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In certain conditions, like when an individual is facing criminal charges for the first time, or the nature of crime is minor – the court can allow for probation, rather than giving a formal jail sentence. However, there are conditions for probation, which need to be understood and adhered to under Illinois (725 ILCS 5/) Code of Criminal Procedure of 1963.
Probation Conditions in Illinois
If an individual commits a minor offense, they can fight for probation as a possible sentence. If you find yourself being falsely charged with a crime, or have grounds to seek probation, consult a competent criminal defense attorney to help you navigate this complex process and put yourself in the best possible position. If you are sentenced to probation, you’ll need to adhere to the following conditions, or run the risk of having your probation revoked.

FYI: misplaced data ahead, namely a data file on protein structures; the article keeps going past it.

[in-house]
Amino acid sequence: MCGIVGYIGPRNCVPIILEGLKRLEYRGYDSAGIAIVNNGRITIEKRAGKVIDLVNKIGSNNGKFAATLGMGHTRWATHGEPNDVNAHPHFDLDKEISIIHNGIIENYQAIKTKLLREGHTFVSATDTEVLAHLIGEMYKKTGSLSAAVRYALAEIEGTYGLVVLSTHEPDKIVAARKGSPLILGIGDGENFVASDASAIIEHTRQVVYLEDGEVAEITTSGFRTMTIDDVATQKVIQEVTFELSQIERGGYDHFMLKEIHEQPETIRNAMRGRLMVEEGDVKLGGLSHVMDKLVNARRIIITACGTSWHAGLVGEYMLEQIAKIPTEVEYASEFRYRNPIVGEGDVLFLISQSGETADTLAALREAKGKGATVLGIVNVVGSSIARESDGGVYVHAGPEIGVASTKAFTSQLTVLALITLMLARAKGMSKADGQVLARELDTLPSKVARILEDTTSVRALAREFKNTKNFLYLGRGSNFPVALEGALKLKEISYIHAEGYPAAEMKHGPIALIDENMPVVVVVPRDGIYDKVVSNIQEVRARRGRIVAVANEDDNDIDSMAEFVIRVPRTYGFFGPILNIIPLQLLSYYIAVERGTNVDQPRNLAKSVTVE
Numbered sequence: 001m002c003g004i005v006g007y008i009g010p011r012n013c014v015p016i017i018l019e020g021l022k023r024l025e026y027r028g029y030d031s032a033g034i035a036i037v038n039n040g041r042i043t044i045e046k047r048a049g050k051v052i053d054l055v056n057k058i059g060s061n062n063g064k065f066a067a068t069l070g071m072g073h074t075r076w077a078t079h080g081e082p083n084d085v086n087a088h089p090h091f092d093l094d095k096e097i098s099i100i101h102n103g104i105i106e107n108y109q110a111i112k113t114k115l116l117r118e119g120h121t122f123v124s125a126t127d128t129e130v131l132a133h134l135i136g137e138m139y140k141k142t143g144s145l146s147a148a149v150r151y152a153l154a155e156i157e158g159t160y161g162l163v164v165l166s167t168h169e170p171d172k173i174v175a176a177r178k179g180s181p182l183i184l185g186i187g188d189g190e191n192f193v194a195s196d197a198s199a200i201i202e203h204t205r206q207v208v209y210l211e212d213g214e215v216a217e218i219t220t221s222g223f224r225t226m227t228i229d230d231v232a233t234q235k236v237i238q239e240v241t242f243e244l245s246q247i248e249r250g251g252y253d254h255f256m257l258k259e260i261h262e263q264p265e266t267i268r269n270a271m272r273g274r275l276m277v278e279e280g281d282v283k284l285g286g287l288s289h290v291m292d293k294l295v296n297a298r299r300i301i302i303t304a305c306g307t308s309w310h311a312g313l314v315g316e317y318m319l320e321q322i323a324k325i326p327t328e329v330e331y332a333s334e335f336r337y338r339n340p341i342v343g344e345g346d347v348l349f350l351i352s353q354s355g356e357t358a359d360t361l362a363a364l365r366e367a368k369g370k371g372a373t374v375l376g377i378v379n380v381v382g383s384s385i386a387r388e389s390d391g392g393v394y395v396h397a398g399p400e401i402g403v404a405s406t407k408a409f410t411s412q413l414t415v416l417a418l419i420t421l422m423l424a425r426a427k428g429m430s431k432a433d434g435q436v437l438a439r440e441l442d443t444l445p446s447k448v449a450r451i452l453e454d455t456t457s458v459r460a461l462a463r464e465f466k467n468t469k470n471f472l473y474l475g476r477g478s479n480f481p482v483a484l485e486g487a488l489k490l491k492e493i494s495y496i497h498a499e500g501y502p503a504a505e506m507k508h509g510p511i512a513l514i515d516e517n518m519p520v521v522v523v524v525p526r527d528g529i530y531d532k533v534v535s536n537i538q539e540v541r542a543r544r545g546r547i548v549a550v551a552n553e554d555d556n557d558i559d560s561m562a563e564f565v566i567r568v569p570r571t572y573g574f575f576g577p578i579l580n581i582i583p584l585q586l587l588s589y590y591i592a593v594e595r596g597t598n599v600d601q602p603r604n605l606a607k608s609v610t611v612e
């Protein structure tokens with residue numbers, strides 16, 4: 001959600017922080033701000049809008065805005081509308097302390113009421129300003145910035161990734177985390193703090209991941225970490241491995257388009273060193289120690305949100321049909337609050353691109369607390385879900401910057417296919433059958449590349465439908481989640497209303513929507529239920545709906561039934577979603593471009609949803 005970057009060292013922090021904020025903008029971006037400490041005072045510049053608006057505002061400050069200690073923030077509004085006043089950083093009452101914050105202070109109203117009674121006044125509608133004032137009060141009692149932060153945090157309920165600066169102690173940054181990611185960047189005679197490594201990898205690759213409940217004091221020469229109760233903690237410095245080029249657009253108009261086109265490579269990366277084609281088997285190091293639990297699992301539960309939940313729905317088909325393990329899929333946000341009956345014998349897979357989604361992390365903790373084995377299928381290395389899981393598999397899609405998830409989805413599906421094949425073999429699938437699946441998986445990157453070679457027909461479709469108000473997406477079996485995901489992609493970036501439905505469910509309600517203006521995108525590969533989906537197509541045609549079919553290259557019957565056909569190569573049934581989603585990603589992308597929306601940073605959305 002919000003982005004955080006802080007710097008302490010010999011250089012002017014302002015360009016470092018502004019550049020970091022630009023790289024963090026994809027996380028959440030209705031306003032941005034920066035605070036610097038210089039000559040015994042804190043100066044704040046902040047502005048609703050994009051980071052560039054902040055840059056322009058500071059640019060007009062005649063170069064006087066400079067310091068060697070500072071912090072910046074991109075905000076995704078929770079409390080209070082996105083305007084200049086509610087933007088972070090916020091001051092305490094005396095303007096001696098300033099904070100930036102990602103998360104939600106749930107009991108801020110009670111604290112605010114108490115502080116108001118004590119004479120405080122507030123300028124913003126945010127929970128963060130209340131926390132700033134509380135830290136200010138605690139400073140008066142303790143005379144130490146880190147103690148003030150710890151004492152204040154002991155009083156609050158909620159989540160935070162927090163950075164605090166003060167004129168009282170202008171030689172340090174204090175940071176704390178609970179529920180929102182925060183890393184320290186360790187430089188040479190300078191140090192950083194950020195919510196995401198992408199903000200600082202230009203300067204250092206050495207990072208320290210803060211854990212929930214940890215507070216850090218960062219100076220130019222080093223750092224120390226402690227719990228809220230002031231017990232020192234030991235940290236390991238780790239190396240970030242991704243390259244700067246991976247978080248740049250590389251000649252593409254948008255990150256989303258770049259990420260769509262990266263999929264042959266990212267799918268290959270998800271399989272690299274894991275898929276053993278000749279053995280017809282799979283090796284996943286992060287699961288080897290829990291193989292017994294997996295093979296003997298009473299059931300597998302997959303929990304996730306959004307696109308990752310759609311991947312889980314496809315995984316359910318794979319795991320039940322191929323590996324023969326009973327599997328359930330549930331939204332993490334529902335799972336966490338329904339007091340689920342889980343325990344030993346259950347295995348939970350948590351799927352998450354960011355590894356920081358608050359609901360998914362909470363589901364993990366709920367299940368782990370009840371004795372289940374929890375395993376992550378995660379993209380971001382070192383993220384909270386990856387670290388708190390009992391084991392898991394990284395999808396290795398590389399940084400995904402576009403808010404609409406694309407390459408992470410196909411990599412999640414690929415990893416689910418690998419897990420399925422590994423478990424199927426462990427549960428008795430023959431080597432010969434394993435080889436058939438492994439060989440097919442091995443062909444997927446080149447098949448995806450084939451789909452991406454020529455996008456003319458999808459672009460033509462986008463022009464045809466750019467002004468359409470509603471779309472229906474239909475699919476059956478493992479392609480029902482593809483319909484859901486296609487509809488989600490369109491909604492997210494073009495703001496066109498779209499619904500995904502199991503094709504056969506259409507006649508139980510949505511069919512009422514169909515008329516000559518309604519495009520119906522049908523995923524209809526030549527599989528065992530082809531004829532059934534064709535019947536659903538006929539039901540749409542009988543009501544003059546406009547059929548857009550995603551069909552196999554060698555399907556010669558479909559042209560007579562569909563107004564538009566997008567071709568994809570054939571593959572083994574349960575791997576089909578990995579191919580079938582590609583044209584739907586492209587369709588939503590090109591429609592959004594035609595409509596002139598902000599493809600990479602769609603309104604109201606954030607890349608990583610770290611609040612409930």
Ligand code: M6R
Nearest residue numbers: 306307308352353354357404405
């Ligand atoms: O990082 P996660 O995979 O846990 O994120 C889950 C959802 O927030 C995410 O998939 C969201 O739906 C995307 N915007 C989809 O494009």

What Happens After a Probation Violation?
Because probation is a sentence, it is the responsibility of the probationer to ensure no violations occur. Positive community activity, attending counseling or attaining your high school diploma can reduce risks of rearrests and lead to permanent employment or a positive change in character. If you are found in violation of your probation, a violation hearing well be set to reassess your case. A judge will determine if your probation should continue or instead, you should be sentences to jail. If you fail to appear at your violation hearing, a warrant will be issued for your arrest. Keep in mind – violating probation can also be considered a felony.
If you wish to know more about conditions of probation and defenses to seek probation, contact Michael D. Ettinberg & Associates at (708) 923-0368 to schedule a free consultation or speak with an experienced criminal lawyer.